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13 January 2011


Leslie and I began our final day in Philadelphia with front row seats to an episode of "Cooking with Laura" - we were treated to the famous Laura sandwich for breakfast. Eggs, basil, chicken sausage, lettuce tomato, carglic, conion, cilantro and homemade aioli on a toasted English muffin, and somehow I also managed to eat my leftover pumpkin cupcake - needless to say we were stuffed and spoiled as we packed up our bags.

Soon we said our good-byes and were on the train, cruising smoothly into central Philadelphia. The whirring of the train past the transitioning urban landscape made me wish that I could ride trains more often. We headed straight for the Independence Visitors Center to get our free tickets to tour Independence Hall.

With about two hours to kill, we had time to visit Benjamin Franklin's grave and walk past the U.S. Mint before heading to the University of Pennsylvania to meet Alisa for Lunch. The only problem was, Alisa wouldn't respond to our calls and text, which meant that we were alone to explore the University. It was a warm and sunny day. The campus's tree lined brick paths led us between buildings that appeared aged and venerated. Squirrels chased each other across the grass and up the treees.

Our impromptu tour of UPenn led us to the medical center, where our last chance to see Alisa came and went. Carrying our full backpacks made us tired, so a grassy ridge provided the perfect sanctuary. We then rushed back to the subway to get to Independence Hall in time.

We made it. After getting our bags rifled through and queuing for about 15 minutes, we squeezed into our tour room. There were at least seven strollers and at least seven babies who began to cry just as we entered and the tour was to begin. The touristy crowd, bedecked in XL Old Navy t-shirts and husky khaki shorts, seemed enthralled and enchanted by the tour guide's description of the founding fathers and the Pennsylvania state house.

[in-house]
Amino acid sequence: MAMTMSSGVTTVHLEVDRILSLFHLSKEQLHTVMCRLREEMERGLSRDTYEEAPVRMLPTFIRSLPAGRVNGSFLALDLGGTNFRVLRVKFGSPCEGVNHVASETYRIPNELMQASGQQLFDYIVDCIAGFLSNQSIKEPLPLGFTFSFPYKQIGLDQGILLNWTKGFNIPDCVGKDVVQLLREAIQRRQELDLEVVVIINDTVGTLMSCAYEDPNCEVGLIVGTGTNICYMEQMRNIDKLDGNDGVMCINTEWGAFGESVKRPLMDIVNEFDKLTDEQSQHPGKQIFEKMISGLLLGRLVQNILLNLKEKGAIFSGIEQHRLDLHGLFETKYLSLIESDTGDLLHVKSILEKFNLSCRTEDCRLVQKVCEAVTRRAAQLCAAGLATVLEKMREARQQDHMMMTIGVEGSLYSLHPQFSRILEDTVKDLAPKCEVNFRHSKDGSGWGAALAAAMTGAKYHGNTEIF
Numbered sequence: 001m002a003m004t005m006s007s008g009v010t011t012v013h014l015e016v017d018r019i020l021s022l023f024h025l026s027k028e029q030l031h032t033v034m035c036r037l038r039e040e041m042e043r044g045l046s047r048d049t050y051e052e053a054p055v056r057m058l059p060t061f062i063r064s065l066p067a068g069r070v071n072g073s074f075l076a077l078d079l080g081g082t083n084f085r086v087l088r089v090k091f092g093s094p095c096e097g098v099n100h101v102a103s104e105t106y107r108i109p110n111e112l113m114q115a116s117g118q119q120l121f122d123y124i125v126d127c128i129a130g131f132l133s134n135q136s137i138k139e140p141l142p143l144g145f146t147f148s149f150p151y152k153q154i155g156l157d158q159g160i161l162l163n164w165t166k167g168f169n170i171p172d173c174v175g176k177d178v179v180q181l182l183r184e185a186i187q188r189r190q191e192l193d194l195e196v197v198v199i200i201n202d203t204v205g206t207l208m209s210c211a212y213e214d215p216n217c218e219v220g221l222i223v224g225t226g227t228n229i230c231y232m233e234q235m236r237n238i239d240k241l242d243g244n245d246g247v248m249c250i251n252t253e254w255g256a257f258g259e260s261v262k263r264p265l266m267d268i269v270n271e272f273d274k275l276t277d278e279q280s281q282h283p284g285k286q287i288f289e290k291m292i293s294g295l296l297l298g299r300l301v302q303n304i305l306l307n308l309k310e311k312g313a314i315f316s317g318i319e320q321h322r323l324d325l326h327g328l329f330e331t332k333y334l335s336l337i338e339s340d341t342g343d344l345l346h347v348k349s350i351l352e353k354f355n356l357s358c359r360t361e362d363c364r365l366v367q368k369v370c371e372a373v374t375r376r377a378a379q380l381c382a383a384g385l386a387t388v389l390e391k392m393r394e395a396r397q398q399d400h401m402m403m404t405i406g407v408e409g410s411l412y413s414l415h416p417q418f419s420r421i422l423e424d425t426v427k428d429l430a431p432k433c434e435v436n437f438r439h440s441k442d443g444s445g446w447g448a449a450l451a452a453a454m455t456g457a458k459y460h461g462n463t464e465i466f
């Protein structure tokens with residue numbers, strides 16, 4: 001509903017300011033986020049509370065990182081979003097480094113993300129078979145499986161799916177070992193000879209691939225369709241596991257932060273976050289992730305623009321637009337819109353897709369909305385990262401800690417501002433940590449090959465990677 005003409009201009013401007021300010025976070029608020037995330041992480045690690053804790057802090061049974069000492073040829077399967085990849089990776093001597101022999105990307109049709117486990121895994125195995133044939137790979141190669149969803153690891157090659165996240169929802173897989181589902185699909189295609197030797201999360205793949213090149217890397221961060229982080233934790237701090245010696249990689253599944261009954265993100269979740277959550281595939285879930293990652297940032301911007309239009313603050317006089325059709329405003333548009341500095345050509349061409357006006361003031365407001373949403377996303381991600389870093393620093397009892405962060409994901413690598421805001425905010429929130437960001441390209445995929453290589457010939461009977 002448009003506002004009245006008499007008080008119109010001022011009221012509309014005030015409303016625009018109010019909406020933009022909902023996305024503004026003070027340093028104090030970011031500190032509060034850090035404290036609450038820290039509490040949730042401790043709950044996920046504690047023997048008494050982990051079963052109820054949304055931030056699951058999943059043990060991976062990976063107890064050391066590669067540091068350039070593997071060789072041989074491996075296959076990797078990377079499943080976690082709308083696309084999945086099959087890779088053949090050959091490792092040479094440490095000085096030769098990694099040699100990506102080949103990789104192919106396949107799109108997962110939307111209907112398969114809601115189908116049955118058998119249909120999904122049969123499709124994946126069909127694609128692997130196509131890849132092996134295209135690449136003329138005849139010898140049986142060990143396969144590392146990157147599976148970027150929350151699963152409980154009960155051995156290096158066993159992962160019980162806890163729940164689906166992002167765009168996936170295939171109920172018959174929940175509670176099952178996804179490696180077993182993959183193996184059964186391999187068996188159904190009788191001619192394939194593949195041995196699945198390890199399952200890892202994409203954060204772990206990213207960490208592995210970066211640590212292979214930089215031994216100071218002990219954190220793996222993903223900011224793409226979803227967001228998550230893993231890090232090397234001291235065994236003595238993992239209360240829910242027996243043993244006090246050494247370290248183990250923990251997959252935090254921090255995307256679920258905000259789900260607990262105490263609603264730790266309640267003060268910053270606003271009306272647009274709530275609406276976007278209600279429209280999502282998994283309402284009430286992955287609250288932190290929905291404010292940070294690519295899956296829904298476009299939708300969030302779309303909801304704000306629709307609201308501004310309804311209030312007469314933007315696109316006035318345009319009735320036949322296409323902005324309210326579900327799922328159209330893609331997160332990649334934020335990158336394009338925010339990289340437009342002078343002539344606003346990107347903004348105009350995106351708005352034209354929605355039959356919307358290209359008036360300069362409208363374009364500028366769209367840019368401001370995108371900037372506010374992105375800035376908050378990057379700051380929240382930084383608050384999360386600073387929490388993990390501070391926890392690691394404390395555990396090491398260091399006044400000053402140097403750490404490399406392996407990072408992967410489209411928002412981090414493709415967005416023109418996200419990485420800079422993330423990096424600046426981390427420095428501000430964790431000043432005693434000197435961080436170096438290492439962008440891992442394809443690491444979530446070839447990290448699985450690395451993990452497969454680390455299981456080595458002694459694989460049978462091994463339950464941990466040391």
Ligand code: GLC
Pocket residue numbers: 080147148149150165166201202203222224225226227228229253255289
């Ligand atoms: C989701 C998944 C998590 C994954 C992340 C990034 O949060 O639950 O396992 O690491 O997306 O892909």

Oddly, I felt detached from the history of the room. It felt more like a 7th grade classroom or field trip, with patriotic cliches peppering the entire experience. Nevertheless, it was still very interesting to be in the room where the Declaration of Independence, the Constitution, and Articles of Conferedration were adopted. As Leslie later remarked, it fills you with a strong sense of American-ness. Which is cool.

The tour was short, only taking us into two rooms of the statehouse, and lasted only about 10 minutes. That was it?!, I thought. It was a bit of a let-down. I guess you get what you pay for.

We then walked across the street to visit the Liberty Bell. There was another security checkpoint where they demanded to rummage through our bags. The squat black woman who rifled through my bag remarked that my bag was really full.

"It has my life in it." I responded.

"You trust my with your life?"

"I don't have much choice do I?"

And with that, she proceeded to delicately unzip my backpack and completely remove every single item. Every item that had been carefully rolled, stacked, and compartmentalized now lay crinkled on the security table as she handed my opened bag back to me. I would have quipped back a snarky reply, but my mind was too aghast at the task of re-packing my clothes. I frustratedly jammed everything back into my bag and rushed to catch up with Leslie.

The Liberty Bell center has an exhibit detailing the history of the bell; I'm sure it's informative and interesting, but I just rushed past it all to see the bell itself! It was there, a large bell surrounded by velvet ropes. Great.

Done with that, we rushed into the warm October afternoon and searched for something to occupy or last two hours in Philly. The answer was clear: Cheesesteak! It was too far away to go to Jim's, so we went to nearby Campo's (which looked like a chain restaurant). And it was here that I had my mediocre (at best) cheesesteak served with a side of attitude.

And that was it. Before I knew it, it was time to take the subway to 30th St. Station, where I said bye to Leslie (who had a bus to catch back to DC) and where I caught my train to the airport. The SEPTA train runs directly from the station to the airport, which is very (very!) convenient for travelers like me. The train ticket checker even looked up which terminal I was supposed to get to. How surprisingly helpful! The train let me off right at the terminal! I simply had to go up an escalator and I was right at the security checkpoint. Philadelphia airport gets my seal of approval!

I had about an hour to kill in the terminal; I did some reading and listened to some music. Seated next to me was a couple from Australia, and the pilot of the flight also had a noticeable Aussie accent. What is going on here?

The flight was a little early. Los Angeles was shrouded in fog, which made the plane's descent into the glowing abyss surreal.

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